"I've struggled with depression for most of my life. It's a lot to talk about honestly," he said "There's always this kind of air of cowardice that's shoved on men with depression or suicidal thoughts. Like you aren't brave or strong if you think about taking your own life. It's never made sense or been helpful to me."

"In general, men in society are taught to be very emotionless, especially with each other. You're seen as weak or gay or feminine otherwise. As a result, I don't trust 90% of people with my thoughts or emotions. People don't understand me or seem to care too much to try so I stopped trying years ago."

The student's statement described hypermasculinity.

According to Britannica.com, Hypermasculinity is a "sociological term denoting exaggerated forms of masculinity, virility, and physicality."

According to strengths and weaknesses of the young Black men, masculinities, and mental health (YBMen) Facebook project, An initial exploration of what 'mental health' means to young black men, Journal of Men's Health and Gender and Huffingtonpost. "Studies show that Black men often are socialized or grow up in homes where masculinity is emphasized and men are not encouraged to talk about their feelings or emotions."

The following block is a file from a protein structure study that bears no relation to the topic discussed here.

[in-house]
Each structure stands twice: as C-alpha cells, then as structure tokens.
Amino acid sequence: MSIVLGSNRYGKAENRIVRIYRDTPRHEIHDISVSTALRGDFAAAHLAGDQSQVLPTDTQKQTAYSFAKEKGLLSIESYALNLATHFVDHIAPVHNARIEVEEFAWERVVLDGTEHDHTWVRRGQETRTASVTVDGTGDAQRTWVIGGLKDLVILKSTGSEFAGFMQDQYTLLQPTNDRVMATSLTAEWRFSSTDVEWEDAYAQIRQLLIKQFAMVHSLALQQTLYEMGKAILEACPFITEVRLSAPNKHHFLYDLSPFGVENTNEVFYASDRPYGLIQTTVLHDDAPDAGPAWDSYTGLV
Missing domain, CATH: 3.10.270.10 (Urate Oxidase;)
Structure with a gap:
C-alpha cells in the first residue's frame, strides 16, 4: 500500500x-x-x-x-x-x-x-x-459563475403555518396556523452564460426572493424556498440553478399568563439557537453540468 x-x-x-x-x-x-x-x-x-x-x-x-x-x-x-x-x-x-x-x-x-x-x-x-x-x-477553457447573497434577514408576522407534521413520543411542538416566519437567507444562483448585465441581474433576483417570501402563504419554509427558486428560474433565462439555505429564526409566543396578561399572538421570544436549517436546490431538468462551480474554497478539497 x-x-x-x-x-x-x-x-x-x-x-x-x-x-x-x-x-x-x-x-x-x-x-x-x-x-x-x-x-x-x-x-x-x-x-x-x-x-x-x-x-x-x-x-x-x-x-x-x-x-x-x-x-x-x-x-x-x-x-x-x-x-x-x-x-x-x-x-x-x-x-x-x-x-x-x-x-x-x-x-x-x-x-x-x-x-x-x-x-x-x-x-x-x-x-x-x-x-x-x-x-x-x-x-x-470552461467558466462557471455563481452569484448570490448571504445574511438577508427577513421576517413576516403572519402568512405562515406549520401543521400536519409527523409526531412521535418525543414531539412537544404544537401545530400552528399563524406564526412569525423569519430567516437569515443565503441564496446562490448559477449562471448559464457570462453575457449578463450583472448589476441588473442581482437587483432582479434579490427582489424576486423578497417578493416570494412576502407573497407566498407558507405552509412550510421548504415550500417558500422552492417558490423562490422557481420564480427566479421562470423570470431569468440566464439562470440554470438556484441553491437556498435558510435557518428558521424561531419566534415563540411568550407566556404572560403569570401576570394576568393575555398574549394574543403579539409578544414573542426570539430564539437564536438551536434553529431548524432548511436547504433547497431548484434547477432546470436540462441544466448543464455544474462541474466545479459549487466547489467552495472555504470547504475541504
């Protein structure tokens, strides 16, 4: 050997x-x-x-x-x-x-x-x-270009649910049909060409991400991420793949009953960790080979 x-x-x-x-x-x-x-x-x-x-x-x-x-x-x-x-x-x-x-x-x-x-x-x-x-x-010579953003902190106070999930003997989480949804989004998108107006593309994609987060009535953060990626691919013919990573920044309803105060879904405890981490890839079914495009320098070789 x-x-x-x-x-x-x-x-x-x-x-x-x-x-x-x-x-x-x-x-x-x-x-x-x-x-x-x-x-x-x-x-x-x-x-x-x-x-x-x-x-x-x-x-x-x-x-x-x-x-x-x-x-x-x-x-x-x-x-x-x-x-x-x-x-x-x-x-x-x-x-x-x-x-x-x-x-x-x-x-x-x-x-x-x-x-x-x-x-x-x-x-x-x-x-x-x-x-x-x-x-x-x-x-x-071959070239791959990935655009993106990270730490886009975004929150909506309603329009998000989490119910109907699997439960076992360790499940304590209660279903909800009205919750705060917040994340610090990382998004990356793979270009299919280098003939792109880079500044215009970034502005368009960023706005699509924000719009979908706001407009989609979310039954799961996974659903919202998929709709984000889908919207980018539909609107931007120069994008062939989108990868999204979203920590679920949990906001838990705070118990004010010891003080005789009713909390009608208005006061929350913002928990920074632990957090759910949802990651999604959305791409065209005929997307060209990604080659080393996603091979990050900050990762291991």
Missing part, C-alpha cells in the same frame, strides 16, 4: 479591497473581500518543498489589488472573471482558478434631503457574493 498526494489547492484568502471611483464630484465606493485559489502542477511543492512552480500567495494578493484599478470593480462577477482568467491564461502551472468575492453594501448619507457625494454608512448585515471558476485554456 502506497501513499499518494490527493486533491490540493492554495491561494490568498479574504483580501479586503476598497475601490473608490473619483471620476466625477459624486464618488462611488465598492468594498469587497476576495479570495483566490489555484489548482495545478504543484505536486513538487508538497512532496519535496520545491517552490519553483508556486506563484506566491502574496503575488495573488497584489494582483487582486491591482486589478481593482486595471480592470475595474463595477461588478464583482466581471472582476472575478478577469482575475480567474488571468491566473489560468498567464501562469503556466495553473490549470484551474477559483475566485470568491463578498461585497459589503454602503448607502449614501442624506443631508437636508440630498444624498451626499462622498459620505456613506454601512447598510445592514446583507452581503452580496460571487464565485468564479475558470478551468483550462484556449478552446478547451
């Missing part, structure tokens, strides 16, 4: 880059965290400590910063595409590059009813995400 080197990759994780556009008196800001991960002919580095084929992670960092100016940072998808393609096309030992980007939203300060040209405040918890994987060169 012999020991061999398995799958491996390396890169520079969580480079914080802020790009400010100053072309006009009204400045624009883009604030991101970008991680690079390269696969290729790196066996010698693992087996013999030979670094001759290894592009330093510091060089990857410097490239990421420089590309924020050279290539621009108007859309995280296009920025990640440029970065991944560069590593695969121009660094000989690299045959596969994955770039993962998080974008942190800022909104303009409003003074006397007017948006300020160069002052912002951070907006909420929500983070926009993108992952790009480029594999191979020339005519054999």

"Research shows that African Americans often under-utilize therapy compared to White counterparts. According to the National Alliance on Mental Illness, 18.6% of African Americans report living with a mental health condition but only 16.9% report using mental health treatment."

Having a mental illness has a negative connotation. More black men should seek help and not just ignore it and refuse to address or even acknowledge it. The play "Boys Don't Cry" opened a discussion that should not end soon.